You've probably heard about design systems and seen job posts for design systems engineers or for UX engineers, who often work on a design system.
First of all, what is a design systems engineer? It's an engineer working on a design system, who may have some interest or experience in design fundamentals like colors and typography. A design system is a set of reusable components along with usage guidelines which can be used to create all kinds of new layouts and pages. It can really speed design and development for product work, since designers and engineers will use the components as building blocks instead of starting from scratch.
Is this type of role for you? Today I'm going to highlight some of the differences between a frontend engineering role and a design systems engineering role.
In a design systems engineering role, you'll spend a lot of time collaborating with designers. You'll review component designs and and work together with designers during new component builds. You may even prototype new component UIs during the development phase in order to get early feedback from design systems designers. Communication skills are important!
In product work, frontend engineers often move straight into the development phase when building a new feature. This is quite different from design system engineering, when there is normally a lot of planning that takes place before any code is written.
During this planning phase, design system engineers will review the final component designs and decide on the best API to use for the component. The goal is to help ensure that the final component is easy for other frontend engineers to use, in addition to having all the needed functionality.
As an engineer on a design systems team, your customers are the consumers of your system -- other engineers. This contrasts with being an engineer on a product team, where your customers may be external users of the product. Being able to talk often with engineers using your design system in order to get their feedback is really important. Being in touch with your customers also helps to gauge any pain points that design systems users are encountering.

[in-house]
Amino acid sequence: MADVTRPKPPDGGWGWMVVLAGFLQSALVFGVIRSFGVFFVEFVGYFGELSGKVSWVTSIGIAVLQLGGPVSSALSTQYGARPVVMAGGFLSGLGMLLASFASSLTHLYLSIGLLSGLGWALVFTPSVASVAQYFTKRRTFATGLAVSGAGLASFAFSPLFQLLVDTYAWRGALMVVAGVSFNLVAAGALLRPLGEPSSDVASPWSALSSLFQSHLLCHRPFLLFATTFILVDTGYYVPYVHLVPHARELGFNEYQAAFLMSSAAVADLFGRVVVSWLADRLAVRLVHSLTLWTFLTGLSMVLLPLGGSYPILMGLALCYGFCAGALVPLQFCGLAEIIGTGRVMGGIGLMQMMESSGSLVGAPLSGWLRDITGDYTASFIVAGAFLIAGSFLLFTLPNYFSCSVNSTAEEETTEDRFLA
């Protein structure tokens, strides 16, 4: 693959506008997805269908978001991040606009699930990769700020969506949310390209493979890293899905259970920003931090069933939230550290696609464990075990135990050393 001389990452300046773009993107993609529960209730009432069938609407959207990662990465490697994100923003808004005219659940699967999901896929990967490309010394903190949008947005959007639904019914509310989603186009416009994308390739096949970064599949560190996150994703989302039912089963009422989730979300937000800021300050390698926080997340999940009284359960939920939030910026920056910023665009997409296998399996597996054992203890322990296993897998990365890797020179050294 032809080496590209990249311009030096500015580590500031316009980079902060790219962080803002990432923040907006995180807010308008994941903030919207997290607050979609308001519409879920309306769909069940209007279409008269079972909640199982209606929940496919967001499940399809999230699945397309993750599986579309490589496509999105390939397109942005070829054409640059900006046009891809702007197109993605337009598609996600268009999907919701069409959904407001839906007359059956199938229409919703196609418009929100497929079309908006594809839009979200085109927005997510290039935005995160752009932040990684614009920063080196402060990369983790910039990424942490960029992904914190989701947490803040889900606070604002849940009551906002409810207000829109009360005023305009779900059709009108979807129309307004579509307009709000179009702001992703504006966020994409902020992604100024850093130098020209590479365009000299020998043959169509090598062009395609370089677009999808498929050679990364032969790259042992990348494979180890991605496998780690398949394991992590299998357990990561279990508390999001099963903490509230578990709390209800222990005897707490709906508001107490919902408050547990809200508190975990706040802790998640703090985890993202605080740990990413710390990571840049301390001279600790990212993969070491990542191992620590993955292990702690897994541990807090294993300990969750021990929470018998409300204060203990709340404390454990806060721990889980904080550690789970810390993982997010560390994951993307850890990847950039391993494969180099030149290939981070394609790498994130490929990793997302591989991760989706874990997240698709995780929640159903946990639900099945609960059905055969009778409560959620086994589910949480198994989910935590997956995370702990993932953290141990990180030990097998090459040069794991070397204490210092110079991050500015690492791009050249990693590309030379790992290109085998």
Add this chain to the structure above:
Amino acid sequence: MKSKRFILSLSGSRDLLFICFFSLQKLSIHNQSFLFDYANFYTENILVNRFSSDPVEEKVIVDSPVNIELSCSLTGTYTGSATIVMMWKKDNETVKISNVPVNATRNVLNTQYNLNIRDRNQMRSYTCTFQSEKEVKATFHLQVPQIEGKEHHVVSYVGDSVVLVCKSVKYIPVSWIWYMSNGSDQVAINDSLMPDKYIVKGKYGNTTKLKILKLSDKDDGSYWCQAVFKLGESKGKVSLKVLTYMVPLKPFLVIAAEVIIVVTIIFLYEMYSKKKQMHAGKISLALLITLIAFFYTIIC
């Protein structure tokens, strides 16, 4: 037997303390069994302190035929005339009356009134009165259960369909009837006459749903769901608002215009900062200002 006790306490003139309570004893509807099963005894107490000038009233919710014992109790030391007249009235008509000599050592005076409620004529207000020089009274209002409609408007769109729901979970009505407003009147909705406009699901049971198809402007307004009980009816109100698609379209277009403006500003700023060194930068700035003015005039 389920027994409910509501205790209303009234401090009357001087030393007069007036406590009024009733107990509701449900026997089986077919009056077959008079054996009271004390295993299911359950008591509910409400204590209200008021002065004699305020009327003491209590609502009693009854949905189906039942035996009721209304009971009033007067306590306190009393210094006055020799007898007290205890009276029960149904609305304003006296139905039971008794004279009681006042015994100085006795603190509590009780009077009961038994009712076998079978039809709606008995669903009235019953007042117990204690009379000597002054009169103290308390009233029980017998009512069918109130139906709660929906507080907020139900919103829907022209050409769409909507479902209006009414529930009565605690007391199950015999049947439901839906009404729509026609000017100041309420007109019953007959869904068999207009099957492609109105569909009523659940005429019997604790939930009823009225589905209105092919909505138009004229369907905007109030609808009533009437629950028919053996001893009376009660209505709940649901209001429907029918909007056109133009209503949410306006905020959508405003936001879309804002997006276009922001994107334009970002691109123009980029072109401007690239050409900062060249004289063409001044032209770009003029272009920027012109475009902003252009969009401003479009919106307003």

Component tests are always good to have in place, but in a design system, where possibly hundreds or even thousands of engineers will be using your system, tests are critical. Having tooling in place for accessibility testing and UX regression testing also is very valuable for design systems teams.
Accessibility is unfortunately often an afterthought when working as a frontend engineer on a product team. When working on a design system, building accessible components is a core foundation of the role. Most US-based design systems aim to follow WCGAG 2.1 Guidelines for components. As a new design systems engineer, you'll be ramping up on these guidelines and learn how to best implement them.
Because the success of a design system is measured based on adoption, documentation on components and how to use them is key. Teams often use Storybook or a similar tool to allow customers to see and interact with components. Documenting usage patterns for each component, along with any guidelines for ensuring accessibility, is also critical.
As a design systems engineer, helping engineers adopt and use the design system is a big part of the role. Engineers may discover component bugs that need to be addressed, or they may have ideas for ways to make components easier to use. Fielding questions on component usage and fixing component bugs are common activities for design systems team members.
On a design systems team, engineers often work in a monorepo, where different aspects of the system, like components and icons, may be broken up into different npm packages with independent versioning. This makes adopting the system easier for users, as they can upgrade to new package versions on their own time frame. This also makes managing changes over time easier for design systems engineer.
Experience or interest in semantic versioning standards, tools like lerna, which is often use for automating package versioning, and tools for continuous integration is really valuable on a design systems team.
I hope this helps with anyone considering moving into design systems engineering! It's definitely a growing specialty. Do you have more thoughts on the differences between frontend engineering and design systems engineering? Leave a comment!
Image by David Pisnoy via Unsplash